The Obama administration’s reluctance to take part in the Yemen war was part of Trump’s campaign indictment of his predecessor as “weak” on dealing with Iran, and it led to tensions between the United States and Persian Gulf states.
Obama provided limited support for the Saudi and Emirati operations, selling them weapons and refueling their aircraft. But dismay over reports of Saudi pilots’ repeated strikes on hospitals, schools and other soft targets prompted his administration to distance itself from the Houthi campaign and impose restrictions. Administration lawyers also raised concerns about U.S. legal responsibility for acts committed by the Saudi-led gulf coalition.
Late last year, in response to a particularly gruesome strike, the Obama administration further scaled back support to the air campaign and froze the sale of certain munitions to Riyadh.
For their part, gulf leaders complained that Obama was pushing them to wrap up the war quickly while withholding support they saw as crucial to pushing the Houthis to the negotiating table.
Trump shares the Sunni gulf states’ antipathy for Obama’s Iran nuclear deal, along with their belief that Tehran is the principal driver in the Yemen war, and he has signaled a new approach. In a statement last month condemning Iranian ballistic missile tests, Michael Flynn, then Trump’s national security adviser, spoke at length about the Iran-Houthi threat and said the administration was “putting Iran on notice.”
A senior administration official said at the time that “we assess Iran seeks to leverage this relationship with the Houthis to build a long-term presence in Yemen” and that “we are going to take appropriate action. We are considering a whole range of options.”
Early this month, the State Department approved a resumption of sales of precision-guided munitions to Saudi Arabia. A White House spokesman would not comment on whether Trump had signed off on the sales, saying only that the requisite congressional notification had not yet been made.
For the administration, the response to the Emirati proposal is partly rooted in a desire to act against a troubling threat off Yemen’s western coast, where officials say Houthi missile attacks have endangered freedom of navigation in a key commercial waterway. The Bab el-Mandeb Strait provides a narrow entry into the Red Sea between the Arabian Peninsula and the African continent.
In a rare direct attack on Houthi interests, the United States in October struck Houthi-controlled coastal radar sites with Tomahawk cruise missiles, in retaliation for an assault on U.S. and allied ships. One of the Houthi missiles launched at the USS Mason, a guided-missile destroyer, was fired from Hodeida, officials said at the time.
Restrictions on some intelligence-sharing have already been lifted, allowing the United States to reveal more detailed information on the location of Houthi missile sites. The United States is expected to take other steps to counter that threat, including positioning additional ships in the area.
Some former officials believe stepped-up action is overdue. “One of our bedrock interests in the Middle East is freedom of navigation in and around the Arabian Peninsula, and while I understand why no one wanted to get further enmeshed in the Houthi conflict, we came dangerously close to dropping the ball on protecting our interests toward the end of the administration,” said Andrew Exum, who was a senior Pentagon official under Obama. “We were too hesitant to respond forcefully.”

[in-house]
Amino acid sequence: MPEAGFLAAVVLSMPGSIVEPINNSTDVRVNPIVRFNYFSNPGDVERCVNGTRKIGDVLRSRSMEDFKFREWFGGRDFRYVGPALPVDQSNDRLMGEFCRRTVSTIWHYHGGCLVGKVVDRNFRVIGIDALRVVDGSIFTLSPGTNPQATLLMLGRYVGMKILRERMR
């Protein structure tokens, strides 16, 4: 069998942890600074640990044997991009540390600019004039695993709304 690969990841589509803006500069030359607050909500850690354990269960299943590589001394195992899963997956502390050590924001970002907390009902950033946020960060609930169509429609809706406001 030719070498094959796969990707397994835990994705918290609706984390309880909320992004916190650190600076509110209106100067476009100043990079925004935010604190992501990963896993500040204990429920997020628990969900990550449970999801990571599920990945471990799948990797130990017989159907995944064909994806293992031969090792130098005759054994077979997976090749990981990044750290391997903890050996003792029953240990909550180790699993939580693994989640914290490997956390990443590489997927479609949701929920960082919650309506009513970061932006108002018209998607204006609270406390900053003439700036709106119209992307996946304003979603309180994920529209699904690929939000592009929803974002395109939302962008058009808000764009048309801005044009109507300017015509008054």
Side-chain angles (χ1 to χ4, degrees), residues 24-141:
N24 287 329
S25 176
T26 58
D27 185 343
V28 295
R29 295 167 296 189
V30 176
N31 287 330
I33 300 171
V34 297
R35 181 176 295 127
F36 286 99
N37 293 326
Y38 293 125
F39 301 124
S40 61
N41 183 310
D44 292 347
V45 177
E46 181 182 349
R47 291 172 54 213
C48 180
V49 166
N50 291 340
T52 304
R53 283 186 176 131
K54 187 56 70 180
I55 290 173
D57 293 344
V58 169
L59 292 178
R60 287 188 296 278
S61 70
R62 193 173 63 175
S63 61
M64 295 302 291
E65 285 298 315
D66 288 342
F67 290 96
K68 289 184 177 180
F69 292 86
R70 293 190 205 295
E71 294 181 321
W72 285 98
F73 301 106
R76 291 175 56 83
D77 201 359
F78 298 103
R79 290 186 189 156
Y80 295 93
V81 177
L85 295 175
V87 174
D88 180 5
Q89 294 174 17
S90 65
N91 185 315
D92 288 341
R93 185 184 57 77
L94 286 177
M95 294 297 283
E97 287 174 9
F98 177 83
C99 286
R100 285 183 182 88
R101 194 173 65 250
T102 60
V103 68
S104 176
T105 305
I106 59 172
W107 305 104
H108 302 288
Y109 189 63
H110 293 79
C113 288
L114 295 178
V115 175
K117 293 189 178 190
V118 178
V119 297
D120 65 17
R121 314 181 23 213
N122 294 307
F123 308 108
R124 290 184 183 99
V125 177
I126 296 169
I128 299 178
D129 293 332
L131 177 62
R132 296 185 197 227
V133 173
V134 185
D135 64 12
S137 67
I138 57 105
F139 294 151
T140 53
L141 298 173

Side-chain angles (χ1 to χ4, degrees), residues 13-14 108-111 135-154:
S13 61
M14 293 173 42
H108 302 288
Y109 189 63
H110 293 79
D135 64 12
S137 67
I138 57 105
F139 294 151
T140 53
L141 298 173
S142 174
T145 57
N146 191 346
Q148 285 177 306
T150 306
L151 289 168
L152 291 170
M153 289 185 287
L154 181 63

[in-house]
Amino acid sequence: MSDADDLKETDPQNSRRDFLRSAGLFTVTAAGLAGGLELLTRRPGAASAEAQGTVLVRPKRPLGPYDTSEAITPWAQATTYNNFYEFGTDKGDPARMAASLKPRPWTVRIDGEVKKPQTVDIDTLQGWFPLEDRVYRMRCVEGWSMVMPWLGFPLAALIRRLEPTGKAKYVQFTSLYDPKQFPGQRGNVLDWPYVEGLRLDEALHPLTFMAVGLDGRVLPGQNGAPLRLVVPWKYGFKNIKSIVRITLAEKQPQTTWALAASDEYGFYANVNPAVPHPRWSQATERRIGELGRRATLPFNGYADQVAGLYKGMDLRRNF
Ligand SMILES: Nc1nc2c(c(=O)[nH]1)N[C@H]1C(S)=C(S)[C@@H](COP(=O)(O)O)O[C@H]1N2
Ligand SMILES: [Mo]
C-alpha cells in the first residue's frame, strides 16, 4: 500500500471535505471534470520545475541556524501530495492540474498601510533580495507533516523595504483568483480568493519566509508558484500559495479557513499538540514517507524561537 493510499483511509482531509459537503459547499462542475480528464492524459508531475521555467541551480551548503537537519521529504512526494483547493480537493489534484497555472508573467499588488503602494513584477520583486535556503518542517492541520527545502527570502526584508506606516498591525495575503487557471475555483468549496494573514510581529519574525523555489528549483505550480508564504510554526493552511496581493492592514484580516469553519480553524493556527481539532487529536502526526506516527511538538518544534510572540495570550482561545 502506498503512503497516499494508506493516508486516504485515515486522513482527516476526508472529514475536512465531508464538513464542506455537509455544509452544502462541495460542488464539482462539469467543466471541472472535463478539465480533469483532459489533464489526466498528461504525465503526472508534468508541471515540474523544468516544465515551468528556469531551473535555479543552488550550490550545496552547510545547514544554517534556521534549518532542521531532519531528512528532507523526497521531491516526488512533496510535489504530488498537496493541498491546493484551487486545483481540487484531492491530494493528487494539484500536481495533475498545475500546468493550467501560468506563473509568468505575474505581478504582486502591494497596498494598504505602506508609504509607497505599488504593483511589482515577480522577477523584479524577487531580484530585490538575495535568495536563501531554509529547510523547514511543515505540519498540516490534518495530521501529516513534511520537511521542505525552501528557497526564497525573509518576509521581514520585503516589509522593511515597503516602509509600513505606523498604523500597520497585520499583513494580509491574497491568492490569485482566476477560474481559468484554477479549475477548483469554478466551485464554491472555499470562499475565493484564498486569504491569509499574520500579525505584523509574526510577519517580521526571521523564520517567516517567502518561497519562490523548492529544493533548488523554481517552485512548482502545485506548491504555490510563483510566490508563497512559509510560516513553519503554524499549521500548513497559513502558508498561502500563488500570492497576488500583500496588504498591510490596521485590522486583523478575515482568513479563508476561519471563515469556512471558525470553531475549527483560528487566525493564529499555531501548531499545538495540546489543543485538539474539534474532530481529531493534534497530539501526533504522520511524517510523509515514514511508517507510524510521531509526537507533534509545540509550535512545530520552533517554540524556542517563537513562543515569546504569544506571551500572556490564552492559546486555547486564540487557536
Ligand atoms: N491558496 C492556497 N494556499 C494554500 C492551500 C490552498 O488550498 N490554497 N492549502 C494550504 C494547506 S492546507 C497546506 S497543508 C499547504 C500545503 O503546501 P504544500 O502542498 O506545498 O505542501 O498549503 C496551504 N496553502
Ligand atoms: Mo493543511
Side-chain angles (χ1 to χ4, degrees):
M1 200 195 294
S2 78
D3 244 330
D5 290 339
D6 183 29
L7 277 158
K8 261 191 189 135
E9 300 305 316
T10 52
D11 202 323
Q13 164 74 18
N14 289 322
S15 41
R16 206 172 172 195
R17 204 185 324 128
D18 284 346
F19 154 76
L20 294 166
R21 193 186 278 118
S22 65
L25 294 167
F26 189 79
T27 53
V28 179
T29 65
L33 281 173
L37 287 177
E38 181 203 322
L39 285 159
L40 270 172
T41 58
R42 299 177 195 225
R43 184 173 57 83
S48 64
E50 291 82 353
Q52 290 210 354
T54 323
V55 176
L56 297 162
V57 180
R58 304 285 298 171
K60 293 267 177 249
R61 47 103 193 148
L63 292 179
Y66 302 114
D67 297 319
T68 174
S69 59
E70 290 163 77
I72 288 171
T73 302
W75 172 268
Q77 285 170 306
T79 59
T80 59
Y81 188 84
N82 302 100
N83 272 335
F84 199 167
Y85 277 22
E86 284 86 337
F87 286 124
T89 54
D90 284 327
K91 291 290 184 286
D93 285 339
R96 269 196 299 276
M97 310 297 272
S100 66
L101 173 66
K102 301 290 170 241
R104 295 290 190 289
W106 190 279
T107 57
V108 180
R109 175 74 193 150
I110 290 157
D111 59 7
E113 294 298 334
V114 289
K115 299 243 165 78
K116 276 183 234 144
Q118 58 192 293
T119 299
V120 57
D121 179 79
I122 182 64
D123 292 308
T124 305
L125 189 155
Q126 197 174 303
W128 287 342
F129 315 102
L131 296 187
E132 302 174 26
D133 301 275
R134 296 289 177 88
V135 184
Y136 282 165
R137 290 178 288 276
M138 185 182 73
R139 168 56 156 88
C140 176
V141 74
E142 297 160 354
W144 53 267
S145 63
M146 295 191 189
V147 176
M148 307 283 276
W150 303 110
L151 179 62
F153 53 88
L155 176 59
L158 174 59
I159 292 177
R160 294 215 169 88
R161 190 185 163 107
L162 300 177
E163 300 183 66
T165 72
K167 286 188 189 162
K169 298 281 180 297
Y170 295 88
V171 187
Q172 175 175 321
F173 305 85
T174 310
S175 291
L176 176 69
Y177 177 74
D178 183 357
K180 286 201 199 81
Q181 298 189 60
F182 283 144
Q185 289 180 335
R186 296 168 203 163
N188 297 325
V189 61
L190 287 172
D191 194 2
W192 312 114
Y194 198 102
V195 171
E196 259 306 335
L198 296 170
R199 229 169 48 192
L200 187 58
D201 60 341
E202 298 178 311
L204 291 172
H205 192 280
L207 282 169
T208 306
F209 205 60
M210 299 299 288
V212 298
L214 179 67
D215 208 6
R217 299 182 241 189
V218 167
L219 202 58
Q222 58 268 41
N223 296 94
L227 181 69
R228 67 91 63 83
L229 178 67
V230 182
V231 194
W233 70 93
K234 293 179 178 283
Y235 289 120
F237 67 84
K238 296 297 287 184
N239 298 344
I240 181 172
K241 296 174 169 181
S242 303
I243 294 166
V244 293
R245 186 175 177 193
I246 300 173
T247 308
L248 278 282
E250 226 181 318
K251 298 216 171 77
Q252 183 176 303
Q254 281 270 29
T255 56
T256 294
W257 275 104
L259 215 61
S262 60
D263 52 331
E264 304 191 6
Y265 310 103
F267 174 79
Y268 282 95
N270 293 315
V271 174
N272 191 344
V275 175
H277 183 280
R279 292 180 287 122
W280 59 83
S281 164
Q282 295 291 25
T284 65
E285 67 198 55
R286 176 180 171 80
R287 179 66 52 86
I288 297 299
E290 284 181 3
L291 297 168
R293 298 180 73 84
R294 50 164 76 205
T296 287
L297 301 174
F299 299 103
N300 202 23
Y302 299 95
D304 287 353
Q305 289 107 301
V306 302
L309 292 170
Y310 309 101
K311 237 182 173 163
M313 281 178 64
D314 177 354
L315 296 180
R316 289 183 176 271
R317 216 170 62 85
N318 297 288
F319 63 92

With Trump’s selection of Mattis to lead the Pentagon and other Iran hawks at the White House, gulf officials see an opportunity to act jointly against their regional rival.
Saudi Maj. Gen. Ahmed Asiri, a spokesman for the gulf coalition, said in a phone interview that “at least now we understand that the government of the United States sees the reality on the ground . . . and that there is a country in the area that wants to use militias and spoil the situation.”
“Now the U.S., Saudis and the UAE are back on the same page,” said Yousef al-Otaiba, the UAE ambassador to Washington. “We’re getting the support we need.”
Full consideration of Mattis’s proposal, and the overall Yemen review, have been delayed by other national security issues, including a major meeting last week in Washington of the 68-member U.S. coalition against the Islamic State.
But if decisions are not made soon, the senior administration official said, “we’re afraid the situation” in Yemen may escalate, “and our partners may take action regardless. And we won’t have visibility, and we won’t be in a position to understand what it does to our counterterrorism operations.”
Regional experts expressed varying opinions about U.S. support for the Hodeida operation,
“My own view is that we should be encouraging the government and the coalition not to undertake offensive actions with the single exception if they can get Hodeida” to relieve the humanitarian crisis, said Gerald Feierstein, a former U.S. ambassador to Yemen.
But April Longley Alley, a senior analyst with the International Crisis Group, warned that the offensive could intensify Yemenis’ suffering and prolong the negotiations stalemate.
“It’s a tragic situation for Yemen, and one that could backfire on the coalition,” Alley said.
Thomas Gibbons-Neff contributed to this report.